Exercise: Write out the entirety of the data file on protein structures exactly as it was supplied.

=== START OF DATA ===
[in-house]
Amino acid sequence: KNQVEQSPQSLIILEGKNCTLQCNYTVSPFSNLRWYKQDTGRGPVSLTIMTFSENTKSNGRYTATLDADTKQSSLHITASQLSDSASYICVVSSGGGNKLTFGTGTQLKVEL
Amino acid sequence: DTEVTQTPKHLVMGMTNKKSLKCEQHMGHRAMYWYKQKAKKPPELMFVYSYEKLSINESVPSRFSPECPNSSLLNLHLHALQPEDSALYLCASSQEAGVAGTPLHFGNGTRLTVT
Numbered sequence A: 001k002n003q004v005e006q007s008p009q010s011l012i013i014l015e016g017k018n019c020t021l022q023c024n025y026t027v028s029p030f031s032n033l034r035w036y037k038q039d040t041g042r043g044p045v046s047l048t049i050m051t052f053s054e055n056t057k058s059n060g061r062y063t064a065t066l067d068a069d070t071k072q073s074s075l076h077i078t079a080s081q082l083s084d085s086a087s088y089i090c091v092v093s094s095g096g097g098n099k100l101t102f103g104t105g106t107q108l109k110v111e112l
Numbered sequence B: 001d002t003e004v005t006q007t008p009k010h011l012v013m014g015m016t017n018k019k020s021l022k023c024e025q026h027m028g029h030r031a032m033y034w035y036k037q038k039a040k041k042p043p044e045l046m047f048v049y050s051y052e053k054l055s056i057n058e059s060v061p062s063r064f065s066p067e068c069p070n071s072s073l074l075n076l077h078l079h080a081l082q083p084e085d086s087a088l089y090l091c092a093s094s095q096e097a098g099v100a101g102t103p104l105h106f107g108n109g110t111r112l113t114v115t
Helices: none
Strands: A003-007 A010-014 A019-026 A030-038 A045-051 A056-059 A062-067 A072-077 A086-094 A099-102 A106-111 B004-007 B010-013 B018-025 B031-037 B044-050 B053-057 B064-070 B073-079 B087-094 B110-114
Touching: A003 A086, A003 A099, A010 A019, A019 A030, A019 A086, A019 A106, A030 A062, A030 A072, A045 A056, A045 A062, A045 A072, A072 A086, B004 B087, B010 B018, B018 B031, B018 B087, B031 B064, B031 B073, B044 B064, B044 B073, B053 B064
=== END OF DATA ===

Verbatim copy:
[in-house]
Amino acid sequence: KNQVEQSPQSLIILEGKNCTLQCNYTVSPFSNLRWYKQDTGRGPVSLTIMTFSENTKSNGRYTATLDADTKQSSLHITASQLSDSASYICVVSSGGGNKLTFGTGTQLKVEL
Amino acid sequence: DTEVTQTPKHLVMGMTNKKSLKCEQHMGHRAMYWYKQKAKKPPELMFVYSYEKLSINESVPSRFSPECPNSSLLNLHLHALQPEDSALYLCASSQEAGVAGTPLHFGNGTRLTVT
Numbered sequence A: 001k002n003q004v005e006q007s008p009q010s011l012i013i014l015e016g017k018n019c020t021l022q023c024n025y026t027v028s029p030f031s032n033l034r035w036y037k038q039d040t041g042r043g044p045v046s047l048t049i050m051t052f053s054e055n056t057k058s059n060g061r062y063t064a065t066l067d068a069d070t071k072q073s074s075l076h077i078t079a080s081q082l083s084d085s086a087s088y089i090c091v092v093s094s095g096g097g098n099k100l101t102f103g104t105g106t107q108l109k110v111e112l
Numbered sequence B: 001d002t003e004v005t006q007t008p009k010h011l012v013m014g015m016t017n018k019k020s021l022k023c024e025q026h027m028g029h030r031a032m033y034w035y036k037q038k039a040k041k042p043p044e045l046m047f048v049y050s051y052e053k054l055s056i057n058e059s060v061p062s063r064f065s066p067e068c069p070n071s072s073l074l075n076l077h078l079h080a081l082q083p084e085d086s087a088l089y090l091c092a093s094s095q096e097a098g099v100a101g102t103p104l105h106f107g108n109g110t111r112l113t114v115t
Helices: none
Strands: A003-007 A010-014 A019-026 A030-038 A045-051 A056-059 A062-067 A072-077 A086-094 A099-102 A106-111 B004-007 B010-013 B018-025 B031-037 B044-050 B053-057 B064-070 B073-079 B087-094 B110-114
Touching: A003 A086, A003 A099, A010 A019, A019 A030, A019 A086, A019 A106, A030 A062, A030 A072, A045 A056, A045 A062, A045 A072, A072 A086, B004 B087, B010 B018, B018 B031, B018 B087, B031 B064, B031 B073, B044 B064, B044 B073, B053 B064